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Longitudinal clinical trajectory analysis of individuals before and after diagnosis of Type 2 Diabetes Mellitus (T2DM) indicates that vascular problems start early
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  • Adrian Heald,
  • Kai Chang,
  • Ting Jia,
  • Hailong Sun,
  • Qiguang Zheng,
  • Xinyan Wang,
  • Jianan Xia,
  • Mike Stedman,
  • Helene Fachim,
  • Martin Gibson,
  • Xuezhong Zhou,
  • Simon Anderson,
  • Yonghong Peng,
  • Bill Ollier
Adrian Heald
Salford Royal Hospitals NHS Trust

Corresponding Author:[email protected]

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Ting Jia
Beijing Jiaotong University
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Hailong Sun
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Qiguang Zheng
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Xinyan Wang
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Jianan Xia
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Mike Stedman
Res Consortium
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Helene Fachim
Salford Royal Hospitals NHS Trust
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Martin Gibson
Salford Royal Hospital
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Xuezhong Zhou
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Simon Anderson
University of Manchester
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Yonghong Peng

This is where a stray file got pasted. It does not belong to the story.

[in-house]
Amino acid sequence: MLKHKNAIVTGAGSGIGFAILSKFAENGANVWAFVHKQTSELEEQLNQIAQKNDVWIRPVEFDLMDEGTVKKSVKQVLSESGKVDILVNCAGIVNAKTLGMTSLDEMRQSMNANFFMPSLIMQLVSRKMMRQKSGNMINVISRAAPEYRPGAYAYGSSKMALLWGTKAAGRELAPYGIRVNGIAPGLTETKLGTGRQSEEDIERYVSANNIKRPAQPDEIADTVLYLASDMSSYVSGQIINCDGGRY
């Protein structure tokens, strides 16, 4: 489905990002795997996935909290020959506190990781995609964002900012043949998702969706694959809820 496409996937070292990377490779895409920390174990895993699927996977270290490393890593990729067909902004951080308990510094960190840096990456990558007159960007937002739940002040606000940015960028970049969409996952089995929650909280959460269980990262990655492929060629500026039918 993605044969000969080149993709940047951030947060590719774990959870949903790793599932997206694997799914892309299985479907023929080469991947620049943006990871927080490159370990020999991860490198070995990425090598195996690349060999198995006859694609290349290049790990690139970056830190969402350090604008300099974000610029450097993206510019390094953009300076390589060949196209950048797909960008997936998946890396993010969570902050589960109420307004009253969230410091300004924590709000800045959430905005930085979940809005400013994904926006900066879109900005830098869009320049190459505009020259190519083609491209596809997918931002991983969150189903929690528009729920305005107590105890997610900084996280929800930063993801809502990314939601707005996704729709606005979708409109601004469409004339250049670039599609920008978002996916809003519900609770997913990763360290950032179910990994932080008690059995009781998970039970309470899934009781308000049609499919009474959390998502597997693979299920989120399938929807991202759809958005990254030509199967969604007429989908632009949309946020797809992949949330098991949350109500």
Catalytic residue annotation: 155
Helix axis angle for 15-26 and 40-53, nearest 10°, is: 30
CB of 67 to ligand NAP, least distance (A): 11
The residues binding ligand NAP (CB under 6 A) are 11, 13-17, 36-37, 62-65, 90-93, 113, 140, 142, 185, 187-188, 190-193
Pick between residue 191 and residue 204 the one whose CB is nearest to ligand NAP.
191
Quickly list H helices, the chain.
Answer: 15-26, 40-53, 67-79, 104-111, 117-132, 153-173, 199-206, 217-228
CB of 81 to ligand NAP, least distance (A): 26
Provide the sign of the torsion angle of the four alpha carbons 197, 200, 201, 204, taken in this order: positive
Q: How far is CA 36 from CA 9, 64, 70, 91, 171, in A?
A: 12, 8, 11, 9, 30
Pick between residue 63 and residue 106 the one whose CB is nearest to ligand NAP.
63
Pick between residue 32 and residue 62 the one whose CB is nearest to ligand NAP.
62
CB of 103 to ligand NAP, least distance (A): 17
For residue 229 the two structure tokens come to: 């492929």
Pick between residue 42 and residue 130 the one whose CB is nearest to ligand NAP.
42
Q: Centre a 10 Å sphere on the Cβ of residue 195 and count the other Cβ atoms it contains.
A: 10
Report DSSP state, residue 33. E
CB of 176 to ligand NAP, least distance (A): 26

Manchester Metropolitan University
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Bill Ollier
University of Manchester
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Introduction Type 2 diabetes mellitus (T2DM) frequently associates with increasing multi-morbidity/treatment complexity. Some headway has been made to identify genetic and non-genetic risk factors for T2DM. However longitudinal clinical histories of individuals both before and after diagnosis of T2DM are likely to provide additional insight into both diabetes aetiology/further complex trajectory of multi-morbidity. Methods This study utilised diabetes patients/controls enrolled in the DARE (Diabetes Alliance for Research in England) study where pre- and post-T2DM diagnosis longitudinal data was available for trajectory analysis. Longitudinal data of 281 individuals (T2DM n=237 vs matched non-T2DM controls n=44) were extracted, checked for errors and logical inconsistencies and then subjected to Trajectory Analysis over a period of up to 70 years based on calculations of the proportions of most prominent clinical conditions for each year. Results For individuals who eventually had a diagnosis of T2DM made, a number of clinical phenotypes were seen to increase consistently in the years leading up to diagnosis of T2DM. Of these documented phenotypes, the most striking were diagnosed hypertension (more than in the control group) and asthma. This trajectory over time was much less dramatic in the matched control group. Immediately prior to T2DM diagnosis a greater indication of ischaemic heart disease proportions was observed. Post-T2DM diagnosis, the proportions of T2DM patients exhibiting hypertension and infection continued to climb rapidly before plateauing. Ischaemic heart disease continued to increase in this group as well as retinopathy, impaired renal function and heart failure. Conclusion These observations provide an intriguing and novel insight into the onset and natural progression of T2DM. They suggest an early phase of potentially-related disease activity well before any clinical diagnosis of diabetes is made. Further studies on a larger cohort of DARE patients are underway to explore the utility of establishing predictive risk scores.
29 Jun 2021Submitted to International Journal of Clinical Practice
30 Jun 2021Assigned to Editor
30 Jun 2021Submission Checks Completed
04 Jul 2021Reviewer(s) Assigned
29 Jul 2021Review(s) Completed, Editorial Evaluation Pending
30 Jul 2021Editorial Decision: Accept